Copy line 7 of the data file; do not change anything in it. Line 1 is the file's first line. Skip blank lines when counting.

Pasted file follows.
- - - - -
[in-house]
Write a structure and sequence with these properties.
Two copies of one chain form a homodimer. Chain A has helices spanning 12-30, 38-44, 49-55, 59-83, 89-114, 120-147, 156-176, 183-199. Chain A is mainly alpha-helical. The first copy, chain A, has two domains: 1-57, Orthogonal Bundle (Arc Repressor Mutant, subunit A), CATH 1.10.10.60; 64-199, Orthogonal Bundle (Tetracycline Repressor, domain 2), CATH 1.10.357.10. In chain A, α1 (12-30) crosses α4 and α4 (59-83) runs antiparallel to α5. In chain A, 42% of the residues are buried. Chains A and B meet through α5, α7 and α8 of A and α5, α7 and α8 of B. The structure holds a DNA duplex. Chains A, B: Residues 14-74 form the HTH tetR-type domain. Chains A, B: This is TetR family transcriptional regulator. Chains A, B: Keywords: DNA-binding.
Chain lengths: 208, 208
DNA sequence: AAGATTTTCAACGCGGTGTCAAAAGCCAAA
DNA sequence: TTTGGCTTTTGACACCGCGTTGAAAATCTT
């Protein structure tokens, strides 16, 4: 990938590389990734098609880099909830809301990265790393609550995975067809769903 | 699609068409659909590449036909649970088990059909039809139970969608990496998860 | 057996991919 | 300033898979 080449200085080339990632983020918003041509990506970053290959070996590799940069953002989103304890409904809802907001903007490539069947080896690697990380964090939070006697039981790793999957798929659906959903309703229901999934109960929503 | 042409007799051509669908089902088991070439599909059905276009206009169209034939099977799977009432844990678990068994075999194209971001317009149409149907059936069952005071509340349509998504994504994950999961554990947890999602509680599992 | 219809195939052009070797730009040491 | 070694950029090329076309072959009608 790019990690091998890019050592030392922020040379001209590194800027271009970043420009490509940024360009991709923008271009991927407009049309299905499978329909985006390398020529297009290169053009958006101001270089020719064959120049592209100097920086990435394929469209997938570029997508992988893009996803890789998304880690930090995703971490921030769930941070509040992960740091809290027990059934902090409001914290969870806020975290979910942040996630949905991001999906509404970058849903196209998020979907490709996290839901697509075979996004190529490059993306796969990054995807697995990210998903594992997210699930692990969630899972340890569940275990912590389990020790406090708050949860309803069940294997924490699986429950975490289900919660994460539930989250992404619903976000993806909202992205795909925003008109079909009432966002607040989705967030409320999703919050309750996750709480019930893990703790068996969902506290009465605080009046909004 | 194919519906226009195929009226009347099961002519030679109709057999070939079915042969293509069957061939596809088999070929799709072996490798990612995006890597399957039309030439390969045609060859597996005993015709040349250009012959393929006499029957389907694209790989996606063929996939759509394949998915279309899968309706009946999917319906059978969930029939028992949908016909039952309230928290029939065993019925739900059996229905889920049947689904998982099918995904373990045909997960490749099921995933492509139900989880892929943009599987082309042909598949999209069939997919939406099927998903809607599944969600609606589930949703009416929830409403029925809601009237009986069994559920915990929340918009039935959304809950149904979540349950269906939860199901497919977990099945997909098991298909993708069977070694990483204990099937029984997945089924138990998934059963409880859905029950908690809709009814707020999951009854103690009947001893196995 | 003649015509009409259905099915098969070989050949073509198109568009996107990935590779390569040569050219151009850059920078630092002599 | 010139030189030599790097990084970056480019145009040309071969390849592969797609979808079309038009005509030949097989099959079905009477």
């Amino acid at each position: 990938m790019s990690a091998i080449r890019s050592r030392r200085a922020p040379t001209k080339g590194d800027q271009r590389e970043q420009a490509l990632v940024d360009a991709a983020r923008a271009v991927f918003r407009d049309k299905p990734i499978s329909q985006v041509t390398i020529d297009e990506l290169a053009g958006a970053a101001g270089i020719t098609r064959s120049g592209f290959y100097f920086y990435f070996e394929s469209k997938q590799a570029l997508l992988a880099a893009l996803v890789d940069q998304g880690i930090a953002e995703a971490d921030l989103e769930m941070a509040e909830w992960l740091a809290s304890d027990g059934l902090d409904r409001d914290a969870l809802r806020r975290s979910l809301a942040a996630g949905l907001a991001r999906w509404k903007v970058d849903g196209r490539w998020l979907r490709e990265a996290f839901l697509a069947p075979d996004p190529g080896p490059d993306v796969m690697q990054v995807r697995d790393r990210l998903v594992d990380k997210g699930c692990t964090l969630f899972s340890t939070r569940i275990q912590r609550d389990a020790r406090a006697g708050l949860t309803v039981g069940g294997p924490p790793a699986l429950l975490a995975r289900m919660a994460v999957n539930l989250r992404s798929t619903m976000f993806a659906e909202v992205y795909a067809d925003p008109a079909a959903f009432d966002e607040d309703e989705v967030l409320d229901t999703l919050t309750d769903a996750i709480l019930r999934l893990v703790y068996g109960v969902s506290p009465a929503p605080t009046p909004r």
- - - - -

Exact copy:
């Protein structure tokens, strides 16, 4: 990938590389990734098609880099909830809301990265790393609550995975067809769903 | 699609068409659909590449036909649970088990059909039809139970969608990496998860 | 057996991919 | 300033898979 080449200085080339990632983020918003041509990506970053290959070996590799940069953002989103304890409904809802907001903007490539069947080896690697990380964090939070006697039981790793999957798929659906959903309703229901999934109960929503 | 042409007799051509669908089902088991070439599909059905276009206009169209034939099977799977009432844990678990068994075999194209971001317009149409149907059936069952005071509340349509998504994504994950999961554990947890999602509680599992 | 219809195939052009070797730009040491 | 070694950029090329076309072959009608 790019990690091998890019050592030392922020040379001209590194800027271009970043420009490509940024360009991709923008271009991927407009049309299905499978329909985006390398020529297009290169053009958006101001270089020719064959120049592209100097920086990435394929469209997938570029997508992988893009996803890789998304880690930090995703971490921030769930941070509040992960740091809290027990059934902090409001914290969870806020975290979910942040996630949905991001999906509404970058849903196209998020979907490709996290839901697509075979996004190529490059993306796969990054995807697995990210998903594992997210699930692990969630899972340890569940275990912590389990020790406090708050949860309803069940294997924490699986429950975490289900919660994460539930989250992404619903976000993806909202992205795909925003008109079909009432966002607040989705967030409320999703919050309750996750709480019930893990703790068996969902506290009465605080009046909004 | 194919519906226009195929009226009347099961002519030679109709057999070939079915042969293509069957061939596809088999070929799709072996490798990612995006890597399957039309030439390969045609060859597996005993015709040349250009012959393929006499029957389907694209790989996606063929996939759509394949998915279309899968309706009946999917319906059978969930029939028992949908016909039952309230928290029939065993019925739900059996229905889920049947689904998982099918995904373990045909997960490749099921995933492509139900989880892929943009599987082309042909598949999209069939997919939406099927998903809607599944969600609606589930949703009416929830409403029925809601009237009986069994559920915990929340918009039935959304809950149904979540349950269906939860199901497919977990099945997909098991298909993708069977070694990483204990099937029984997945089924138990998934059963409880859905029950908690809709009814707020999951009854103690009947001893196995 | 003649015509009409259905099915098969070989050949073509198109568009996107990935590779390569040569050219151009850059920078630092002599 | 010139030189030599790097990084970056480019145009040309071969390849592969797609979808079309038009005509030949097989099959079905009477």